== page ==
PowerShell Part 2 – Installing a new service

Following on from the brief introduction to PowerShell, let’s walk through the installation script…

The script installs a simple Magic Eight Ball service that will return a pseudo-random answer to any question it’s given. The service is written as a WCF service in C#, the files to deploy are available from http://public.me.com/stefsewell/ , have a look in TechEd2010/DEV306-WindowsServerAppFabric/InstallationSource. The folder contains a web.config to set up the service activation and a bin folder with the service implementation. The PowerShell scripts are also available from the file share, look in Powershell folder in DEV306…

Pre-requisite Checking

The script begins by checking a couple of pre-requisites. If any of these checks fail then we do not attempt to install the service, instead the installing admin is told of the failed checks. There are a number of different checks we can make, in this script we check the OS version, that dependent services are installed and that the correct version of the .NET framework is available.

First we need a variable to hold whether or not we have a failure:

$failedPrereqs = $false

Next we move on to our first check: that the correct version of Windows being used:

$OSVersion = Get-WmiObject Win32_OperatingSystem
if(-not $OSVersion.Version.StartsWith('6.1')) {
    Write-Host "The operating system version is not supported, Windows 7 or Windows Server 2008 required."
    $failedPrereqs = $true
    # See http://msdn.microsoft.com/en-us/library/aa394239(v=VS.85).aspx for other properties of Win32_OperatingSystem
    # See http://msdn.microsoft.com/en-us/library/aa394084(VS.85).aspx for additional WMI classes

The script fetches the Win32_OperatingSystem WMI object for interrogation using Get-WmiObject. This object contains a good deal of useful information, links are provided above to let you drill down into other properties. The script checks the Version to ensure that we are working with either Windows 7 or Windows Server 2008, in which case the version starts with “6.1”.

Next we look for a couple of installed services:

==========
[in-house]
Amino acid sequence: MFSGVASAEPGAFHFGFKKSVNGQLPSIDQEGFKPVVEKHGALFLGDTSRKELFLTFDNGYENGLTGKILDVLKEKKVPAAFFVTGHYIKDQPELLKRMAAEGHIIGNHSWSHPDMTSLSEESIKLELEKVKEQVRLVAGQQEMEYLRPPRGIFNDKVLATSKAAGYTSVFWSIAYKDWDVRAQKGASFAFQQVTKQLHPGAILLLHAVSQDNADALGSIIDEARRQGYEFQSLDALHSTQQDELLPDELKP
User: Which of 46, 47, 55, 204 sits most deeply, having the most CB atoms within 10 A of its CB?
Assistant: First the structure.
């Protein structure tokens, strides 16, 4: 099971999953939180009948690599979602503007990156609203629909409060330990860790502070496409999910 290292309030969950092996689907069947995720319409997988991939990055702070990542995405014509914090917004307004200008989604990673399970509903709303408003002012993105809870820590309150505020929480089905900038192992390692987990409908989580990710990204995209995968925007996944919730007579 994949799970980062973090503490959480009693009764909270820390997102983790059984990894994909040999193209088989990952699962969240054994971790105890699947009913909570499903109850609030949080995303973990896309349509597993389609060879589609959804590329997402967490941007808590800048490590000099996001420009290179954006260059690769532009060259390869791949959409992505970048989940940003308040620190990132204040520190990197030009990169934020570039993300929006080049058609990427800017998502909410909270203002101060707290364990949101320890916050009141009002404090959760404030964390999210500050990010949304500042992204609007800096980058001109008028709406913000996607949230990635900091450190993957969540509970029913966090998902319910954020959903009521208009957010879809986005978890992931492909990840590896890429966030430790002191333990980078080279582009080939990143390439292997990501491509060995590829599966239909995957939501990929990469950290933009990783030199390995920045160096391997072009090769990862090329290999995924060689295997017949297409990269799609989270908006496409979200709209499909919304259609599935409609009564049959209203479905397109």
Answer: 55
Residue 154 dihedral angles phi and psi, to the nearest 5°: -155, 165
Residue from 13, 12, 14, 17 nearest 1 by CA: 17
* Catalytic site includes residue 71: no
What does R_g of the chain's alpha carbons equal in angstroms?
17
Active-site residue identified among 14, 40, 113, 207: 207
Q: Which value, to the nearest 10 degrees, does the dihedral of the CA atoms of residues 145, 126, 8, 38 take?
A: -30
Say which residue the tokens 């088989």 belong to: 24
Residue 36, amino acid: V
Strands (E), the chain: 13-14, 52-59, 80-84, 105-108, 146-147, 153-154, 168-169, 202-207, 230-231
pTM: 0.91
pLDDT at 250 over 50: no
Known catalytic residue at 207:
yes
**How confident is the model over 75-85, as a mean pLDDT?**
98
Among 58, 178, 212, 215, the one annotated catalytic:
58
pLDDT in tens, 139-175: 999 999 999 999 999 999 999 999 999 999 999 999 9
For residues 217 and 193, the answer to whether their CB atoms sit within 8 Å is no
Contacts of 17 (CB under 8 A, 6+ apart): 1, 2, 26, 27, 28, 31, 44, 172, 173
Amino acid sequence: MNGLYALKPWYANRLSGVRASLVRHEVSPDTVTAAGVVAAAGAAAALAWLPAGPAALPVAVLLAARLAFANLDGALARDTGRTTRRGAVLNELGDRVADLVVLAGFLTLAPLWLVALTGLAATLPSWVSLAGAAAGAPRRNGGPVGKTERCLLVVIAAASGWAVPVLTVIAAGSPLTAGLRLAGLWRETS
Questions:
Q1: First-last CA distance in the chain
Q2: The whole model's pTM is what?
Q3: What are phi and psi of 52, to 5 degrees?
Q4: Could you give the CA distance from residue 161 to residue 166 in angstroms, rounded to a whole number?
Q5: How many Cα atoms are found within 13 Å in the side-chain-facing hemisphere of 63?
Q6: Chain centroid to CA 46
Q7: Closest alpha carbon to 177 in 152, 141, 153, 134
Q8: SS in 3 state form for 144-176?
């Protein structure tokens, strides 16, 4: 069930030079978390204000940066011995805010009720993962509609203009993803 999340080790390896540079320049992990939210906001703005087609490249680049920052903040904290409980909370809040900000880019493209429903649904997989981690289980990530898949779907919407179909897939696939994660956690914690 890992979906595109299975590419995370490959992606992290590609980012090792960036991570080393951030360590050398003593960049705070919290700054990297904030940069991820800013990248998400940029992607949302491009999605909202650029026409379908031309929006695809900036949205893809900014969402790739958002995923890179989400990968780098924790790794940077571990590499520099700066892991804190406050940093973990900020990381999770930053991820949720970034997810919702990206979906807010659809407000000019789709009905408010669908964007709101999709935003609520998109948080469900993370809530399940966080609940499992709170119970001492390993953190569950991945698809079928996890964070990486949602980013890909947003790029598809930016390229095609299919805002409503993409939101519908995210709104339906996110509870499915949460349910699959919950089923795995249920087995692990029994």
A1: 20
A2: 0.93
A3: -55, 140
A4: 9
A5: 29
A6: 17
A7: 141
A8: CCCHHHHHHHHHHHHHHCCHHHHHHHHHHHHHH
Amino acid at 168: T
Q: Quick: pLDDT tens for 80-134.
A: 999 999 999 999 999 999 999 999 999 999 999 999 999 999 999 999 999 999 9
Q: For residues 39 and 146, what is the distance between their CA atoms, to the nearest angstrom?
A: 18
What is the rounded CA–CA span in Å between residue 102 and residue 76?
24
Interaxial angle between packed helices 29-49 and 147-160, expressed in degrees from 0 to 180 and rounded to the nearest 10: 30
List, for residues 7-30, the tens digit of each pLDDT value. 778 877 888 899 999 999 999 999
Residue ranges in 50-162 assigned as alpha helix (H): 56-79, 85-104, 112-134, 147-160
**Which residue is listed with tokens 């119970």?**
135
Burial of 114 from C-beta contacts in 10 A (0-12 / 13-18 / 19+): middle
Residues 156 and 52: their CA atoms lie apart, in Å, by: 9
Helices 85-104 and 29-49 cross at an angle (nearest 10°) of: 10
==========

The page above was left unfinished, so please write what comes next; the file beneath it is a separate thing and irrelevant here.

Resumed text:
# IIS is installed
$IISService = Get-Service -Name 'W3SVC' -ErrorAction SilentlyContinue
if(-not $IISService) {
    Write-Host "IIS is not installed on" $env:computername
    $FailedPrereqs = $true

# AppFabric is installed
$AppFabricMonitoringService = Get-Service -Name 'AppFabricEventCollectionService' -ErrorAction SilentlyContinue
if(-not $AppFabricMonitoringService) {
    Write-Host "AppFabric Monitoring Service is not installed on" $env:computername
    $FailedPrereqs = $true

$AppFabricMonitoringService = Get-Service -Name 'AppFabricWorkflowManagementService' -ErrorAction SilentlyContinue
if(-not $AppFabricMonitoringService) {
    Write-Host "AppFabric Workflow Management Service is not installed on" $env:computername
    $FailedPrereqs = $true

A basic pattern is repeated here using the Get-Service command to determine if a particular Windows Service is installed on the machine.

With the service requirements checked, we look to see if we have the correct version of the .NET framework installed. In our case we want the RTM of version 4 and go to the registry to validate this.

$frameworkVersion = get-itemProperty -Path 'HKLM:\SOFTWARE\Microsoft\NET Framework Setup\NDP\v4\Full' -ErrorAction SilentlyContinue
if(-not($frameworkVersion) -or (-not($frameworkVersion.Version -eq '4.0.30319'))){
    Write-Host "The RTM version of the full .NET 4 framework is not installed."
    $FailedPrereqs = $true

The registry provider is used, HKLM: [HKEY_LOCAL_MACHINE], to look up a path in the registry that should contain the version. If the key is not found or the value is incorrect we fail the test.

Those are all the checks made in the original script from the DEV306 session, however there is great feature in Windows Server 2008 R2 that allows very simple querying of the installed Windows features. I found this by accident:

>Get-Module -ListAvailable

This command lists all of the available modules on a system, the ServerManager module looked interesting:

>Get-Command -Module ServerManager

CommandType Name Definition
----------- ---- ----------
Cmdlet Add-WindowsFeature Add-WindowsFeature [-Name] [-IncludeAllSubFeature] [-LogPath ] [-...
Cmdlet Get-WindowsFeature Get-WindowsFeature [[-Name] ] [-LogPath ] [-Verbose] [-Debug] [-Err...
Cmdlet Remove-WindowsFeature Remove-WindowsFeature [-Name] [-LogPath ] [-Concurrent] [-Restart...